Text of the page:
GAO: More Retirees Could Have to Buy Private Health Coverage

June 1, 2001 ( - The General Accounting Office (GAO) foresees a further decline in employer-sponsored retiree health care, forcing an increasing number of retirees to seek more expensive or unaffordable private insurance.

Retirees will face numerous hurdles in obtaining private health insurance, the GAO wrote in a study called “Employer-Sponsored Benefits May Be Vulnerable to Further Erosion.” 

The GAO reported that the number of retirees with employer-sponsored health coverage has remained relatively stable since 1997, as employers have focused on reducing coverage for future rather than current employees.

Researchers listed several factors that could prompt a further erosion from the current 37% of early retirees and 26% of Medicare-eligible retirees with health coverage from a former employer.

These are:

  • a resumption of  premiums outpacing inflation
  • an economic slowdown with a softening labor market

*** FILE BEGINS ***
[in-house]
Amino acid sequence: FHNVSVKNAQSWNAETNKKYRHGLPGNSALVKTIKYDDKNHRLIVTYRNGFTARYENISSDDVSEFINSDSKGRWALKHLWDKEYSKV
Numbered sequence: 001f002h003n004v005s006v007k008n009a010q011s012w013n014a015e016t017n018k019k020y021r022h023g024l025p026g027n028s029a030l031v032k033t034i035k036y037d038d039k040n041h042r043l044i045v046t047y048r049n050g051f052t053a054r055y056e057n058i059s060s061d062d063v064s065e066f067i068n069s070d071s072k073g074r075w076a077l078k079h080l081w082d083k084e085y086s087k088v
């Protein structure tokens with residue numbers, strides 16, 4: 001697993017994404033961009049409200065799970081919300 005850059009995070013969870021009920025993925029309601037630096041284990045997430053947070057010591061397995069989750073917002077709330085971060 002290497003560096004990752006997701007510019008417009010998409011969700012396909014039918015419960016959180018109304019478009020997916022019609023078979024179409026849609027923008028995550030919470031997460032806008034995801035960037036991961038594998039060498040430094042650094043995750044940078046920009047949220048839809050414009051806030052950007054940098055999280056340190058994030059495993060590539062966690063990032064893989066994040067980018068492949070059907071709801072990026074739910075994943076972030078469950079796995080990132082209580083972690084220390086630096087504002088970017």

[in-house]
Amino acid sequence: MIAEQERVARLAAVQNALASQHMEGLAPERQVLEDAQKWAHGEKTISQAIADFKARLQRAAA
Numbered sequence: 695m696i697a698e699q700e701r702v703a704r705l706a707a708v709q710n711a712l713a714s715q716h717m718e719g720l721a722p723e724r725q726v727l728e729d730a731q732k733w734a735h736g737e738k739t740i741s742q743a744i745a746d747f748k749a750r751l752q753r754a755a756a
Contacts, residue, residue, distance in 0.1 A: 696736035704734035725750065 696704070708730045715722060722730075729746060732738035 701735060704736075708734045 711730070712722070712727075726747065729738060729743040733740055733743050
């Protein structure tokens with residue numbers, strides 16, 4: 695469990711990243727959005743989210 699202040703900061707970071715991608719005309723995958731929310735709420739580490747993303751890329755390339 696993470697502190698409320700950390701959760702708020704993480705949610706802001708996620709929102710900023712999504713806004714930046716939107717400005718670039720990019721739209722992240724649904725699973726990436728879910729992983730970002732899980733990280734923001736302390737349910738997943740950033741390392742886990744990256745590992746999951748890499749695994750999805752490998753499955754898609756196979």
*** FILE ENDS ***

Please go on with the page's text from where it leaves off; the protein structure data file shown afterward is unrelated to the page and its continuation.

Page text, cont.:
• changes in Medicare coverage (such as adding a prescription drug benefit) that could affect cost and design of employer coverage for Medicare-eligible workers
  • a recent court ruling, allowing claims of violations of federal age discrimination law when employers make distinctions in health benefits they offer retirees on the basis of Medicare eligibility
  • baby boomers leaving the workforce overwhelming employers with the need for expensive retiree health benefits.

The GAO said the decline in the amount of employer-provided coverage has not reversed itself since 1997.

Forcing retirees to find their own coverage puts them in the private insurance market at the worst possible time – when the workers are older and have potentially chronic illnesses. ‘Retirees whose former employers reduce or eliminate health benefits often face limited or unaffordable alternatives to obtaining coverage,’ the GAO writes.

For example, a 60-year-old male in a state where the cost of private health premiums is not capped, could pay four times what a 30-year-old male pays and more if the older worker is sick, the GAO said. Most states do not cap individual premiums.